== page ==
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Structural Change

From the whole change process, structure has really changed at Lufthansa.  The main objective for the structural change is to change the units that compose the company, and therefore change the patterns of responsibility and control within and across the company as a whole.  Therefore, structure is the central to the overall change process.  It is also the hope of Lufthansa¡¦s management that once the system is in place, the actions and behaviours will follow.  Action and behaviours include the responsibility and accountability, culture, management process, etc.  Bartlett and Ghoshal¡¦s typology is used to compare how Lufthansa in 2000 is different from Lufthansa 1991.  There are four types of different firms according to Bartlett and Ghoshal (1989): multinationals, international firms, global firms, and transnational firms.

Lufthansa in 1991

The structure of Lufthansa was functionally organised with six departments in 1991.  It was inefficient due to high involvement of top management in operational problems, slow decision processes, lack of accountability, low transparency and insufficient market proximity.  The inefficiency caused slow response to external environment, which was more confronted with time-based and price competition, as well as a need for transparency of products and services. 

Using Bartlett and Ghoshal¡¦s typology (1989), it was a global firm structure.  Global firms offered limited number of global products for standardisation.  The global products could be made and sold with only minor variation in any particular country to achieve economies of scale.  It was well conformed to the problem of Lufthansa for its inflexibility, low transparency and insufficient market proximity.  Moreover, global firms were highly centralised with all key decisions taken in the home office (top management in Lufthansa) of the company.  Subsidiary (the six departments of Lufthansa) autonomy was low.  Therefore, Lufthansa suffered problems including: top management was engaged with daily activities; lack of accountability within departments; and therefore decision-making process was slow and less effective.

This structure did not so deeply embedded in the contexts Lufthansa was in.  Hence, it was slow in responding to the performance standards that was required from the dynamic environments.  Change process was usually encouraged by top management through benchmarking activities or transferring managerial expertise across departments.  However, increasing competition ultimately pushed Lufthansa towards improved performance and productivity, with a focus on cost reduction and improved customer services.  That meant a structural change was required to achieve these new objectives.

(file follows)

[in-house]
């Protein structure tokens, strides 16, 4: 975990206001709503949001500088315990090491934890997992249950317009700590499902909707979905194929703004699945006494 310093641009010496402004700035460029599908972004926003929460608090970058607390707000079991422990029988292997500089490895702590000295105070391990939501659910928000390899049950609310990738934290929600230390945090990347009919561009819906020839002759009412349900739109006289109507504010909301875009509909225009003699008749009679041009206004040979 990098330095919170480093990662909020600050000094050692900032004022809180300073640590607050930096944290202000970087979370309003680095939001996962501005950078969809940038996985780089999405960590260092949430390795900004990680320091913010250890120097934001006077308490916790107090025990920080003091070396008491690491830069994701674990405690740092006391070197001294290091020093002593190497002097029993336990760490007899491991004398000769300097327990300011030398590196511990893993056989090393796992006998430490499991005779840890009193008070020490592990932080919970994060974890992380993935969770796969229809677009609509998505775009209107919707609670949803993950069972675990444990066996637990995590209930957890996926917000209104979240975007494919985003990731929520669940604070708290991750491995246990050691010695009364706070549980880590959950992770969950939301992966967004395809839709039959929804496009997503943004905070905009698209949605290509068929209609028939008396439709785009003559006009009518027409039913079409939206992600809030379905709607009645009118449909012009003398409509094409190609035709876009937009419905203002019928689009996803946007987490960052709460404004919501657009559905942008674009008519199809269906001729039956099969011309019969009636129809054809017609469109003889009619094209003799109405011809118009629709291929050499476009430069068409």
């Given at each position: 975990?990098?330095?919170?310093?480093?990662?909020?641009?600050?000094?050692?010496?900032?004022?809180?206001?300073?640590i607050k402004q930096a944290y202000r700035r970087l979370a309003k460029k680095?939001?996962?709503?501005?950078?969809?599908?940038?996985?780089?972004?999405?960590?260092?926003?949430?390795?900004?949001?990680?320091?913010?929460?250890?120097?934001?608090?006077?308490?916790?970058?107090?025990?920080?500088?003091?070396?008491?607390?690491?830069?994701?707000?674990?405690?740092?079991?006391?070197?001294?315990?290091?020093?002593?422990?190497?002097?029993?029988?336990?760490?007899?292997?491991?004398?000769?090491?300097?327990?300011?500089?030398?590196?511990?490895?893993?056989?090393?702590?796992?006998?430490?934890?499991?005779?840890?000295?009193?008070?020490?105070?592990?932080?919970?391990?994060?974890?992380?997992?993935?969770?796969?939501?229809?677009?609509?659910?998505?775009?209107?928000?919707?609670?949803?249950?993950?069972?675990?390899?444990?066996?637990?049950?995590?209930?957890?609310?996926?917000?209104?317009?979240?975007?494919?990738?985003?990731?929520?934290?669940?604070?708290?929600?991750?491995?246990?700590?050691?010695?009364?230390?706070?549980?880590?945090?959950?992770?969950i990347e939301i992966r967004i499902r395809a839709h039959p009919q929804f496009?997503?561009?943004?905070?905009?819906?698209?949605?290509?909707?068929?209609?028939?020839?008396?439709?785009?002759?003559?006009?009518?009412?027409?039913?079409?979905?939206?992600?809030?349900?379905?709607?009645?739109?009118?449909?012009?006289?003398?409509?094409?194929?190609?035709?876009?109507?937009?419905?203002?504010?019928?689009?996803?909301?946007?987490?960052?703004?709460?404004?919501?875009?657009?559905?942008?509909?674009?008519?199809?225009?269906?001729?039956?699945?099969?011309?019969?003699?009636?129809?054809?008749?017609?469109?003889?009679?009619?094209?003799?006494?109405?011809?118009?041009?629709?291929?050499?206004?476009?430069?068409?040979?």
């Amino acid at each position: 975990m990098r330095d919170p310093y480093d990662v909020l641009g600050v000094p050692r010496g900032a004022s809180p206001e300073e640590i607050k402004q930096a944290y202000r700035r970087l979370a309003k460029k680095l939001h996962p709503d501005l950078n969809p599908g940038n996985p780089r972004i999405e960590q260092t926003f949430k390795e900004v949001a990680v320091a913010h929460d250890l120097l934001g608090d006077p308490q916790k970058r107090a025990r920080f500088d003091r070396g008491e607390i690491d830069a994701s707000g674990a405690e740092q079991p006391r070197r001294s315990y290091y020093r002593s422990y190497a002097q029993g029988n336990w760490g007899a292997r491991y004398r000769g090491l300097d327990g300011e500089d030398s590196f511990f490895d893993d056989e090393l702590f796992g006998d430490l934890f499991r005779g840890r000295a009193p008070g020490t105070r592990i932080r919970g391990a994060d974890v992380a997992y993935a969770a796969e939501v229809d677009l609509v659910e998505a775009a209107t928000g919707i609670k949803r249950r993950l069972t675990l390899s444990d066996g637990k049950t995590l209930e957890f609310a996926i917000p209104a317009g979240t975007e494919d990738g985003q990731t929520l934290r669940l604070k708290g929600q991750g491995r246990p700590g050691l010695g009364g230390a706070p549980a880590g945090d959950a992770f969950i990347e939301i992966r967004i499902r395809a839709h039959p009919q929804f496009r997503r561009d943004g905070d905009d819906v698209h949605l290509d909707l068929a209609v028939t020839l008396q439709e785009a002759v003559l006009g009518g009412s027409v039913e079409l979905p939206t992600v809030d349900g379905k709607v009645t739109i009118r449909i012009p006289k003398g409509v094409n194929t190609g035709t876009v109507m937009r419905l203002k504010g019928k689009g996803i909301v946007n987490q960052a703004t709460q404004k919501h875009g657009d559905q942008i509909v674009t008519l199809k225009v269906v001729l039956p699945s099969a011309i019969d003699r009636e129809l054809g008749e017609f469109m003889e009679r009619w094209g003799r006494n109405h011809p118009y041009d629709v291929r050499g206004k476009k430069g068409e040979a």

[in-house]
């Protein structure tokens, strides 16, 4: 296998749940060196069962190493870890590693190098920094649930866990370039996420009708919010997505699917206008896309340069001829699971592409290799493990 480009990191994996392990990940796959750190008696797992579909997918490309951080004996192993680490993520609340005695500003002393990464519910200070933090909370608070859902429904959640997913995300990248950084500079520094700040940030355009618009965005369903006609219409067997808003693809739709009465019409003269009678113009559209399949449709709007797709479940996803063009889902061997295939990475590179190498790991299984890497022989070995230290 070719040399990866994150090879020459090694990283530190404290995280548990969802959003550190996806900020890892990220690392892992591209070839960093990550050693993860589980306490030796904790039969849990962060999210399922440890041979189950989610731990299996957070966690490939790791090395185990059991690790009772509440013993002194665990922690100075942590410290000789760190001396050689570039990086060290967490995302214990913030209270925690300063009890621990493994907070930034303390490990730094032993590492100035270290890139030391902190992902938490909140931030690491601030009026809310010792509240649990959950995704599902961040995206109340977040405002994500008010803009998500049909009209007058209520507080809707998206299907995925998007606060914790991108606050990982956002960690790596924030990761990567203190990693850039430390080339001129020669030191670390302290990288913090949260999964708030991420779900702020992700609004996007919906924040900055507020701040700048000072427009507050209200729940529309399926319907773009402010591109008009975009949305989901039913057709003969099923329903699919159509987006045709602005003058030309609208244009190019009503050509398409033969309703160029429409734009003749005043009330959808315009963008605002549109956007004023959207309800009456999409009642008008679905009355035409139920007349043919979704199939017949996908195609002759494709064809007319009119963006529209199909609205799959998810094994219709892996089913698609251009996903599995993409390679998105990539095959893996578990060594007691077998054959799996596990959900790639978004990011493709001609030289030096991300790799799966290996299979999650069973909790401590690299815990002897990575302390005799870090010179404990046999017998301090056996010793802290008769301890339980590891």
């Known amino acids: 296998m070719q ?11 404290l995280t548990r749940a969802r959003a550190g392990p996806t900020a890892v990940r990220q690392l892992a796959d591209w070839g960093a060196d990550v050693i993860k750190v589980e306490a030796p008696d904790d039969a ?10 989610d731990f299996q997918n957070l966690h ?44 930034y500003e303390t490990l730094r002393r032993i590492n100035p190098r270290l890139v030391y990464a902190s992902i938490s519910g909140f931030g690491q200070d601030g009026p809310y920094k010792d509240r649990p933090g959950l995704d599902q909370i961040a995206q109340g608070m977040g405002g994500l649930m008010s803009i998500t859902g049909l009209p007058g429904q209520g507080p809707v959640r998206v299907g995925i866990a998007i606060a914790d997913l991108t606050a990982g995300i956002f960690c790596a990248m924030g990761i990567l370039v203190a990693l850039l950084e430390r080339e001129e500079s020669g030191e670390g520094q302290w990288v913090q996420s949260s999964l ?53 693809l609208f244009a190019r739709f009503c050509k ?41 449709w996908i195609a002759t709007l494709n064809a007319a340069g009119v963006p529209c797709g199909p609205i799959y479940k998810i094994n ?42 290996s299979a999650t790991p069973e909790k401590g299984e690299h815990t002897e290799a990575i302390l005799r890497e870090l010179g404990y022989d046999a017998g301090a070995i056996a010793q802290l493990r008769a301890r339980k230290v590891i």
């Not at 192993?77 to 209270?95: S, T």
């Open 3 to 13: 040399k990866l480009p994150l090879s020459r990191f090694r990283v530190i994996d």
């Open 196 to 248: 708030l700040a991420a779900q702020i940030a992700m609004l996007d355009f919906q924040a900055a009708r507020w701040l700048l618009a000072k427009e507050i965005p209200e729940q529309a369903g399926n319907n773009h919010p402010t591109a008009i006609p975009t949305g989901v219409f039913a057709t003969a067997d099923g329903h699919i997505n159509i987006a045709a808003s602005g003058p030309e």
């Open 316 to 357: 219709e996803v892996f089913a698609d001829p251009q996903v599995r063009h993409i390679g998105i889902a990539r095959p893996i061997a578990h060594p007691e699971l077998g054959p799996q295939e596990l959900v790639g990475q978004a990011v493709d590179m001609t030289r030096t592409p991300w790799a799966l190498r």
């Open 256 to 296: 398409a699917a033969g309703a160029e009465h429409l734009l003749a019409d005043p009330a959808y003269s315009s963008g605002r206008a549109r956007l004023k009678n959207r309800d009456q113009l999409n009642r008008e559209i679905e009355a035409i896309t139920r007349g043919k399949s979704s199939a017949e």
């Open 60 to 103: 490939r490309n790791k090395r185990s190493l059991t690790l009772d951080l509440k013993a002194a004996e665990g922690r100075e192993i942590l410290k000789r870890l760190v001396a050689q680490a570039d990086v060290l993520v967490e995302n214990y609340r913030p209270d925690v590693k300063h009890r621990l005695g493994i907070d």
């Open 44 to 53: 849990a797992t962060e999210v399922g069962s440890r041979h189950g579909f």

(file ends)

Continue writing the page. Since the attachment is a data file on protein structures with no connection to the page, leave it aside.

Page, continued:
Lufthansa in 2000

The structure of Lufthansa in 2000 is more as a federative group of independent small units than as a monolithic functional block.  The goals are to increase both market proximity and transparency of costs and proceeds, and to reduce the fragmentation of decisions processes.

Using Bartlett and Ghoshal¡¦s typology (1989), it was a multinational structure.  Multinationals are highly decentralised and adapted to local market conditions.  This is highly conformed to the new structure with legally autonomous and strategically independent subsidiaries in Lufthansa.  Subsidiaries are only loosely linked together, because they have different strategic focus and aims.  Local managers (different subsidiaries from Lufthansa) have high autonomy to develop new products (aim at achieving profitable, sustainable growth and a leading position in its world market segment) adapted to the local context.  The headquarters (top management of Lufthansa) is mainly concerned with the performance and profitability of each individual unit.  The advantage of this structure is to clearly separate the business from day-to-day influence of corporate top management.  So that subsidiaries can respond faster to the dynamic environments.

This structure is deeply embedded to the contexts the subsidiaries of Lufthansa are in.  As the subsidiaries is highly autonomy, the decision-making processes are faster than the original global firm structure to meet the performance standards set by the top management and external environments.  However, these subsidiaries are often viewed as a set of limbs of the headquarters.  They can be added or lopped off through merge or acquisitions.  It implied that the autonomy of the subsidiaries is also vulnerable to the decisions of the headquarters.  The ultimate change force would therefore come from top-down driven by profitability.  Yet, when dealing with same change as the global firm, this structure needs to concern with different national patterns of monitoring, control and measuring in different contexts.  So it would be more complicated and might involve an even longer change process.

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